The Future of Post-Human Language

The Future of Post-Human Language
  • Author : Peter Baofu
  • Publisher : Cambridge Scholars Publishing
  • Release : 02 October 2009
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To what extent is there really a universal structure, whether innate or not, of language for learning? Or conversely, is language learning mainly context-based? And, in the end, does the very nature of language delimit our mental world—such that “the limits of my language mean the limits of my world” or, in a different parlance, constitute “the prison house of language”? Contrary to the conventional wisdom held by many in history, all these seemingly plausible views are highly misleading,

The Future of Post-Human Performing Arts

The Future of Post-Human Performing Arts
  • Author : Peter Baofu
  • Publisher : Cambridge Scholars Publishing
  • Release : 03 January 2013
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Are the performing arts really supposed to be so radical that, as John Cage once said in the context of music, “there is no noise, only sound,” since “he argued that any sounds we can hear can be music”? (WK 2007a; D. Harwood 1976) This radical tradition in performing arts, with music as an example here, can be contrasted with an opposing view in the older days, when “Greek philosophers and medieval theorists in music defined music as tones ordered horizontally

The Future of Post-Human Sexuality

The Future of Post-Human Sexuality
  • Author : Peter Baofu
  • Publisher : Cambridge Scholars Publishing
  • Release : 14 December 2009
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What precisely resides in “sexuality” which warrants the popular discourse on sexuality as “part of our world freedom,” or something as an inspiring source for “our own creation” of “new forms of relationships” or “new forms of love” never before possible in human history? This popular treatment of sexual freedom has become so politically correct, in this day and age of ours, that it fast degenerates into a seductive ideology which has impoverished our understanding of sexuality by blinding us

The Future of Post-Human Law

The Future of Post-Human Law
  • Author : Peter Baofu
  • Publisher : Cambridge Scholars Publishing
  • Release : 19 February 2010
GET THIS BOOKThe Future of Post-Human Law

What makes the rule of law so special that it is to conscientiously punish the “bad” doers and reward the “good” ones—such that, where there is the rule of law, peace and order are to be expected, so that “the rule of law is better than the rule of any individual”? Take the case of international law, as an illustration. While different international courts have been busy going after the killers of innocent victims in Rwanda and Liberia, they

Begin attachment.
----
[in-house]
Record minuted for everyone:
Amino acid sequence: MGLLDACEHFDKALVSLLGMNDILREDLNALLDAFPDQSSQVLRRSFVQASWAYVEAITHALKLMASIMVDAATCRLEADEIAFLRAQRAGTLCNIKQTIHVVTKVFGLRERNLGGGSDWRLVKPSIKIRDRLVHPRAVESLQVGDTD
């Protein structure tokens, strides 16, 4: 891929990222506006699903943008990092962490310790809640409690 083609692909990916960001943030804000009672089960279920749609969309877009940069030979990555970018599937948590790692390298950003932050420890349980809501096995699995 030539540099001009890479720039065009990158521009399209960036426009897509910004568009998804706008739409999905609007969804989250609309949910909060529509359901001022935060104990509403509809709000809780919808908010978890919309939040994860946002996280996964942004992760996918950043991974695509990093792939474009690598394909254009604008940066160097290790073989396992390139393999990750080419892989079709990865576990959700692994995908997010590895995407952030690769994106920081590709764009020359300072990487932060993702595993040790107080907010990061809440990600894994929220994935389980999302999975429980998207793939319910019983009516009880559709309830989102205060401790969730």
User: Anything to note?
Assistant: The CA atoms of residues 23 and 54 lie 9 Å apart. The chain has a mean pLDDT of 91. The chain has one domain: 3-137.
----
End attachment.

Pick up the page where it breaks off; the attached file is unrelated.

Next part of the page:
The Future of Post-Human Organization

The Future of Post-Human Organization
  • Author : Peter Baofu
  • Publisher : Cambridge Scholars Publishing
  • Release : 02 October 2009
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What exactly makes the nature of organizations so miracular that their very purpose is “to achieve performance” and that it is now regarded, in this capitalist age of ours, as the central aim to be both possible and desirable for any organization? After all, there is simply no lack of organizations which “achieve performance” with questionable means and goals—be they about “greed” and “excess” in the corporate world, or “evil” and “injustice” in the public sphere, just to cite

The Future of Post-Human Martial Arts

The Future of Post-Human Martial Arts
  • Author : Peter Baofu
  • Publisher : Cambridge Scholars Publishing
  • Release : 02 October 2009
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Is it really true that martial arts, in spite of their popularity in this day and age of ours, have, at their deepest level, the promised land of “self-knowledge,” “the expression of beauty,” or something highly spiritual to be pursued for the human soul? Or, to put it in a different way, what exactly makes martial arts so amazing that, somehow, they will eventually lead the practitioners to the spiritual realm of self-cultivation in its highest depth? Contrary to the